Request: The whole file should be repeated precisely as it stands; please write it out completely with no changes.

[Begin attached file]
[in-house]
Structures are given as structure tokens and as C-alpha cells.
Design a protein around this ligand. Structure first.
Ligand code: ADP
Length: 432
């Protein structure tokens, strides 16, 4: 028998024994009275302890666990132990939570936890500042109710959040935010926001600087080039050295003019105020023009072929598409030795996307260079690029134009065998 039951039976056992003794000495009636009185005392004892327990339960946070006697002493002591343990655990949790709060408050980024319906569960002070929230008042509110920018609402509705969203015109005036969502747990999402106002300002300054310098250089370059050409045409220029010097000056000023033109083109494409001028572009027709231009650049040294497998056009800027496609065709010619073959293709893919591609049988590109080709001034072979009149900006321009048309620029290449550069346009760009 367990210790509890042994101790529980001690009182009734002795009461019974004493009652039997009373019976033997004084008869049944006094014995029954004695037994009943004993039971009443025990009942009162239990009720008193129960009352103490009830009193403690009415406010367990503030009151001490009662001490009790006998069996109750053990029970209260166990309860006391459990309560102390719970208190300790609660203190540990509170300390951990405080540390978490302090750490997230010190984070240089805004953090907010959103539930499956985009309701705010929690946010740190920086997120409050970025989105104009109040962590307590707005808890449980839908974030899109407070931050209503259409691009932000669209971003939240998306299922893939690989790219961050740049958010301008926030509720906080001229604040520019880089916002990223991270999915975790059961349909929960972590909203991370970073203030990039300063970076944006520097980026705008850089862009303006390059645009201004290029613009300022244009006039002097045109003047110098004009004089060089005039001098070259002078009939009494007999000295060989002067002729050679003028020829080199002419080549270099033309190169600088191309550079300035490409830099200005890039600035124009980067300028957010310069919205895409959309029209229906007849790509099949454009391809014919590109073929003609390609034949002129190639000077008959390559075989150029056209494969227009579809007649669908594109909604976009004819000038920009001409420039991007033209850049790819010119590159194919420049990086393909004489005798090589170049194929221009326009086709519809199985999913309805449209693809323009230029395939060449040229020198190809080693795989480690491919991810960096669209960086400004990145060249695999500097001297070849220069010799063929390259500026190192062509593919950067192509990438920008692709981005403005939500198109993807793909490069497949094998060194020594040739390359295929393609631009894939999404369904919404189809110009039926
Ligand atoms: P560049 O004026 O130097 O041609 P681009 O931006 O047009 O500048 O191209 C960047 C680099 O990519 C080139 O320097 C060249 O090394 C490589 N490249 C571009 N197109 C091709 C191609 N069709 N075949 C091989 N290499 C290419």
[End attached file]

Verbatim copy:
[in-house]
Structures are given as structure tokens and as C-alpha cells.
Design a protein around this ligand. Structure first.
Ligand code: ADP
Length: 432
């Protein structure tokens, strides 16, 4: 028998024994009275302890666990132990939570936890500042109710959040935010926001600087080039050295003019105020023009072929598409030795996307260079690029134009065998 039951039976056992003794000495009636009185005392004892327990339960946070006697002493002591343990655990949790709060408050980024319906569960002070929230008042509110920018609402509705969203015109005036969502747990999402106002300002300054310098250089370059050409045409220029010097000056000023033109083109494409001028572009027709231009650049040294497998056009800027496609065709010619073959293709893919591609049988590109080709001034072979009149900006321009048309620029290449550069346009760009 367990210790509890042994101790529980001690009182009734002795009461019974004493009652039997009373019976033997004084008869049944006094014995029954004695037994009943004993039971009443025990009942009162239990009720008193129960009352103490009830009193403690009415406010367990503030009151001490009662001490009790006998069996109750053990029970209260166990309860006391459990309560102390719970208190300790609660203190540990509170300390951990405080540390978490302090750490997230010190984070240089805004953090907010959103539930499956985009309701705010929690946010740190920086997120409050970025989105104009109040962590307590707005808890449980839908974030899109407070931050209503259409691009932000669209971003939240998306299922893939690989790219961050740049958010301008926030509720906080001229604040520019880089916002990223991270999915975790059961349909929960972590909203991370970073203030990039300063970076944006520097980026705008850089862009303006390059645009201004290029613009300022244009006039002097045109003047110098004009004089060089005039001098070259002078009939009494007999000295060989002067002729050679003028020829080199002419080549270099033309190169600088191309550079300035490409830099200005890039600035124009980067300028957010310069919205895409959309029209229906007849790509099949454009391809014919590109073929003609390609034949002129190639000077008959390559075989150029056209494969227009579809007649669908594109909604976009004819000038920009001409420039991007033209850049790819010119590159194919420049990086393909004489005798090589170049194929221009326009086709519809199985999913309805449209693809323009230029395939060449040229020198190809080693795989480690491919991810960096669209960086400004990145060249695999500097001297070849220069010799063929390259500026190192062509593919950067192509990438920008692709981005403005939500198109993807793909490069497949094998060194020594040739390359295929393609631009894939999404369904919404189809110009039926
Ligand atoms: P560049 O004026 O130097 O041609 P681009 O931006 O047009 O500048 O191209 C960047 C680099 O990519 C080139 O320097 C060249 O090394 C490589 N490249 C571009 N197109 C091709 C191609 N069709 N075949 C091989 N290499 C290419």